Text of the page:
Chapter 10 statistical inference about means and proportions with two populations
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Chapter 10 Statistical Inference About Means and Proportions With Two Populations. Inferences About the Difference Between Two Population Means: s 1 and s 2 Known. Inferences About the Difference Between Two Population Means: σ 1 and σ 2 Unknown.

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Chapter 10 Statistical Inference About Means and Proportions With Two Populations

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Chapter 10 statistical inference about means and proportions with two populations

Chapter 10 Statistical Inference About Means and Proportions With Two Populations

  • Inferences About the Difference Between

    Two Population Means: s1 and s2 Known

  • Inferences About the Difference Between

    Two Population Means: σ1 and σ2 Unknown

  • Inferences About the Difference Between

    Two Population Means: Matched Samples

  • Inferences About the Difference Between

    Two Population Proportions


10 1 inferences about the difference between two population means s 1 and s 2 known

10.1 Inferences About the Difference BetweenTwo Population Means: s 1 and s 2 Known

  • Interval Estimation of m1–m2

  • Hypothesis Tests About m1–m2


Chapter 10 statistical inference about means and proportions with two populations

Estimating the Difference BetweenTwo Population Means

  • Let1equal the mean of population 1 and2equal

    the mean of population 2.

  • The difference between the two population means is

    1 - 2.

  • To estimate1 - 2, we will select a simple random

    sample of size n1 from population 1 and a simple

    random sample of size n2 from population 2.

  • Let equal the mean of sample 1 and equal the

    mean of sample 2.

  • The point estimator of the difference between the

  • means of the populations 1 and 2 is .


Chapter 10 statistical inference about means and proportions with two populations

Sampling Distribution of

  • Expected Value

  • Standard Deviation (Standard Error)

where:1 = standard deviation of population 1

2 = standard deviation of population 2

n1 = sample size from population 1

n2 = sample size from population 2


Chapter 10 statistical inference about means and proportions with two populations

Interval Estimation of 1 - 2:s 1 and s 2 Known

  • Interval Estimate

where:

1 -is the confidence coefficient


Chapter 10 statistical inference about means and proportions with two populations

Interval Estimation of1 - 2:s 1and s 2Known

  • Example: Par, Inc.

Par, Inc. is a manufacturer

of golf equipment and has

developed a new golf ball

that has been designed to

provide “extra distance.”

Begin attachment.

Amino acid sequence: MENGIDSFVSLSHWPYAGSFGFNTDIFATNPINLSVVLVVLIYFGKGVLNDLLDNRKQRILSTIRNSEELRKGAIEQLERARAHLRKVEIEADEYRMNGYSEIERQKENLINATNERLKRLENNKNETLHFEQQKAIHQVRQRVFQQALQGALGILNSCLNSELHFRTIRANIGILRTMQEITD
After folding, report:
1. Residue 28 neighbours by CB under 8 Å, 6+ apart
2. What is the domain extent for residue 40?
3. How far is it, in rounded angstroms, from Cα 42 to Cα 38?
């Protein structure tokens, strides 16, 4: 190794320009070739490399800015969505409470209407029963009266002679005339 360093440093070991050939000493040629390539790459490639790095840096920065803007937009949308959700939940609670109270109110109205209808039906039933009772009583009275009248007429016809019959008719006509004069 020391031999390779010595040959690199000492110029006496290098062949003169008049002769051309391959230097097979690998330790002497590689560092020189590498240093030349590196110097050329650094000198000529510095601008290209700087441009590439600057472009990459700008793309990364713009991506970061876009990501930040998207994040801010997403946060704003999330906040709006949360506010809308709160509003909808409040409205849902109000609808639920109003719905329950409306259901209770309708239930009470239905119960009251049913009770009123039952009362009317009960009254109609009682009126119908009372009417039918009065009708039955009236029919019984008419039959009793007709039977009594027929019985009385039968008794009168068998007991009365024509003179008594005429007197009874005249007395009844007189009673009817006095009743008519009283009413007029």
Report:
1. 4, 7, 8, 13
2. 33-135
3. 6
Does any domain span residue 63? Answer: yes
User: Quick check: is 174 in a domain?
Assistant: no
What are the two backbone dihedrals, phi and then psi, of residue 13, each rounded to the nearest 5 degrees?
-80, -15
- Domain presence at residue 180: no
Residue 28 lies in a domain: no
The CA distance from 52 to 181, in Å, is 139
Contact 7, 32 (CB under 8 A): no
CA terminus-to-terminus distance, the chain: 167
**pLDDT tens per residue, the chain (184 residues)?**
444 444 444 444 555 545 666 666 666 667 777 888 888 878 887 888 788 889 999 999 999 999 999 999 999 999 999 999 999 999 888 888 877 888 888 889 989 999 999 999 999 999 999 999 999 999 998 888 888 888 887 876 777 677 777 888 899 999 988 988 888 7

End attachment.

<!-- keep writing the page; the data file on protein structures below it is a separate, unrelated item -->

In a test of driving distance using a mechanical

driving device, a sample of Par golf balls was

compared with a sample of golf balls made by Rap,

Ltd., a competitor. The sample statistics appear on the

next slide.


Chapter 10 statistical inference about means and proportions with two populations

Interval Estimation of1 - 2:s 1and s 2Known

  • Example: Par, Inc.

Sample #1

Par, Inc.

Sample #2

Rap, Ltd.

Sample Size

120 balls 80 balls

Sample Mean

275 yards 258 yards

Based on data from previous driving distance

tests, the two population standard deviations are

known withs 1= 15 yards ands 2= 20 yards.


Chapter 10 statistical inference about means and proportions with two populations

Interval Estimation of1 - 2:s 1ands 2Known

  • Example: Par, Inc.

Let us develop a 95% confidence interval estimate

of the difference between the mean driving distances of

the two brands of golf ball.


Chapter 10 statistical inference about means and proportions with two populations

Population 1

Par, Inc. Golf Balls

m1= mean driving

distance of Par

golf balls

Population 2

Rap, Ltd. Golf Balls

m2= mean driving

distance of Rap

golf balls

Simple random sample

of n1 Par golf balls

x1 = sample mean distance

for the Par golf balls

Simple random sample

of n2 Rap golf balls

x2 = sample mean distance

for the Rap golf balls

x1 - x2 = Point Estimate of μ1 – μ2

Estimating the Difference BetweenTwo Population Means

μ1 –m2= difference between

the mean distances


Chapter 10 statistical inference about means and proportions with two populations

Point Estimate of1 - 2

Point estimate of1-2 =

= 275 - 258

= 17 yards

where:

1= mean distance for the population

of Par, Inc. golf balls

2= mean distance for the population

of Rap, Ltd. golf balls


Chapter 10 statistical inference about means and proportions with two populations

Interval Estimation of 1 - 2:1 and 2 Known

17 + 5.14 or 11.86 yards to 22.14 yards

We are 95% confident that the difference between

the mean driving distances of Par, Inc. balls and Rap,

Ltd. balls is 11.86 to 22.14 yards.


Chapter 10 statistical inference about means and proportions with two populations

Hypothesis Tests About m 1-m 2:s 1 and s 2 Known

  • Hypotheses

Left-tailed

Right-tailed

Two-tailed

  • Test Statistic


Chapter 10 statistical inference about means and proportions with two populations

Hypothesis Tests About m 1-m 2:s 1 and s 2 Known

  • Example: Par, Inc.